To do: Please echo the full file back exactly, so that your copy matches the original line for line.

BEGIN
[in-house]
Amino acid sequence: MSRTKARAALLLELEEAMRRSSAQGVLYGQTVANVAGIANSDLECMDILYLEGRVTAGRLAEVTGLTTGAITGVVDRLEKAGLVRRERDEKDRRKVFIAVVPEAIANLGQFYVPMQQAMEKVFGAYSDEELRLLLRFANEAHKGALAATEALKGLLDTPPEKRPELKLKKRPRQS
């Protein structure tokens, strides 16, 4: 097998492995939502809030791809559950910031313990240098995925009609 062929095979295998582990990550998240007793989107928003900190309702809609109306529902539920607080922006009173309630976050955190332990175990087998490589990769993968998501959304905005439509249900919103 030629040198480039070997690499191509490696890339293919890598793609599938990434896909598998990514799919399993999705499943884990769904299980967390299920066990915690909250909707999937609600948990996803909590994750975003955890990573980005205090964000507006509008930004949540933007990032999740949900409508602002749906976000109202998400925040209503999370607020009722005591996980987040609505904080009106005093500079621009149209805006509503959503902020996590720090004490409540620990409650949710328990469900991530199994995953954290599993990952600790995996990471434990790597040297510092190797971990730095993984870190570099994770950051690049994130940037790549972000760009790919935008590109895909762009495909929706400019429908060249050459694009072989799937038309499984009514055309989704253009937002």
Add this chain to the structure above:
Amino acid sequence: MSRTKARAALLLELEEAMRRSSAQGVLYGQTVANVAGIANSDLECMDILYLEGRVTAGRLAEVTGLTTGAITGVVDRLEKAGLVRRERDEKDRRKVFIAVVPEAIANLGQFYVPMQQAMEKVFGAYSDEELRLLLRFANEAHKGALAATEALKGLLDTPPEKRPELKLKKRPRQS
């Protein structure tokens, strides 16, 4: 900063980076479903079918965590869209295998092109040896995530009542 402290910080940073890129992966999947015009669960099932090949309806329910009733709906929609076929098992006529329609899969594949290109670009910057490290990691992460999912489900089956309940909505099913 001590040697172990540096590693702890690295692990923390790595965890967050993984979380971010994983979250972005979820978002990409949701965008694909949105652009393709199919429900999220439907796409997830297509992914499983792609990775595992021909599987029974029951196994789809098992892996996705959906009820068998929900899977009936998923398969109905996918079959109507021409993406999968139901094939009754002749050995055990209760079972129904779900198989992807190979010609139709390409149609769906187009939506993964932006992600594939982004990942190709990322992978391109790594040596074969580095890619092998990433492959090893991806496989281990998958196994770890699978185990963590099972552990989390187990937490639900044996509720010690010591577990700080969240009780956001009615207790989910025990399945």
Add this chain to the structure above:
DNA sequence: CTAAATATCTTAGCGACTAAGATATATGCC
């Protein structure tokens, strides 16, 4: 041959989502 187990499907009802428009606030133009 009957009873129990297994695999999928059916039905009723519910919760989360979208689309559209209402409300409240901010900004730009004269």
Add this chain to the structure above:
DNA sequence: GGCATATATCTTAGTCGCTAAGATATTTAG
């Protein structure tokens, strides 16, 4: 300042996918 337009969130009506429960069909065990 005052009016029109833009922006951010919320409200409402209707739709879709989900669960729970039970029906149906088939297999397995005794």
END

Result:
[in-house]
Amino acid sequence: MSRTKARAALLLELEEAMRRSSAQGVLYGQTVANVAGIANSDLECMDILYLEGRVTAGRLAEVTGLTTGAITGVVDRLEKAGLVRRERDEKDRRKVFIAVVPEAIANLGQFYVPMQQAMEKVFGAYSDEELRLLLRFANEAHKGALAATEALKGLLDTPPEKRPELKLKKRPRQS
């Protein structure tokens, strides 16, 4: 097998492995939502809030791809559950910031313990240098995925009609 062929095979295998582990990550998240007793989107928003900190309702809609109306529902539920607080922006009173309630976050955190332990175990087998490589990769993968998501959304905005439509249900919103 030629040198480039070997690499191509490696890339293919890598793609599938990434896909598998990514799919399993999705499943884990769904299980967390299920066990915690909250909707999937609600948990996803909590994750975003955890990573980005205090964000507006509008930004949540933007990032999740949900409508602002749906976000109202998400925040209503999370607020009722005591996980987040609505904080009106005093500079621009149209805006509503959503902020996590720090004490409540620990409650949710328990469900991530199994995953954290599993990952600790995996990471434990790597040297510092190797971990730095993984870190570099994770950051690049994130940037790549972000760009790919935008590109895909762009495909929706400019429908060249050459694009072989799937038309499984009514055309989704253009937002």
Add this chain to the structure above:
Amino acid sequence: MSRTKARAALLLELEEAMRRSSAQGVLYGQTVANVAGIANSDLECMDILYLEGRVTAGRLAEVTGLTTGAITGVVDRLEKAGLVRRERDEKDRRKVFIAVVPEAIANLGQFYVPMQQAMEKVFGAYSDEELRLLLRFANEAHKGALAATEALKGLLDTPPEKRPELKLKKRPRQS
């Protein structure tokens, strides 16, 4: 900063980076479903079918965590869209295998092109040896995530009542 402290910080940073890129992966999947015009669960099932090949309806329910009733709906929609076929098992006529329609899969594949290109670009910057490290990691992460999912489900089956309940909505099913 001590040697172990540096590693702890690295692990923390790595965890967050993984979380971010994983979250972005979820978002990409949701965008694909949105652009393709199919429900999220439907796409997830297509992914499983792609990775595992021909599987029974029951196994789809098992892996996705959906009820068998929900899977009936998923398969109905996918079959109507021409993406999968139901094939009754002749050995055990209760079972129904779900198989992807190979010609139709390409149609769906187009939506993964932006992600594939982004990942190709990322992978391109790594040596074969580095890619092998990433492959090893991806496989281990998958196994770890699978185990963590099972552990989390187990937490639900044996509720010690010591577990700080969240009780956001009615207790989910025990399945």
Add this chain to the structure above:
DNA sequence: CTAAATATCTTAGCGACTAAGATATATGCC
């Protein structure tokens, strides 16, 4: 041959989502 187990499907009802428009606030133009 009957009873129990297994695999999928059916039905009723519910919760989360979208689309559209209402409300409240901010900004730009004269």
Add this chain to the structure above:
DNA sequence: GGCATATATCTTAGTCGCTAAGATATTTAG
């Protein structure tokens, strides 16, 4: 300042996918 337009969130009506429960069909065990 005052009016029109833009922006951010919320409200409402209707739709879709989900669960729970039970029906149906088939297999397995005794």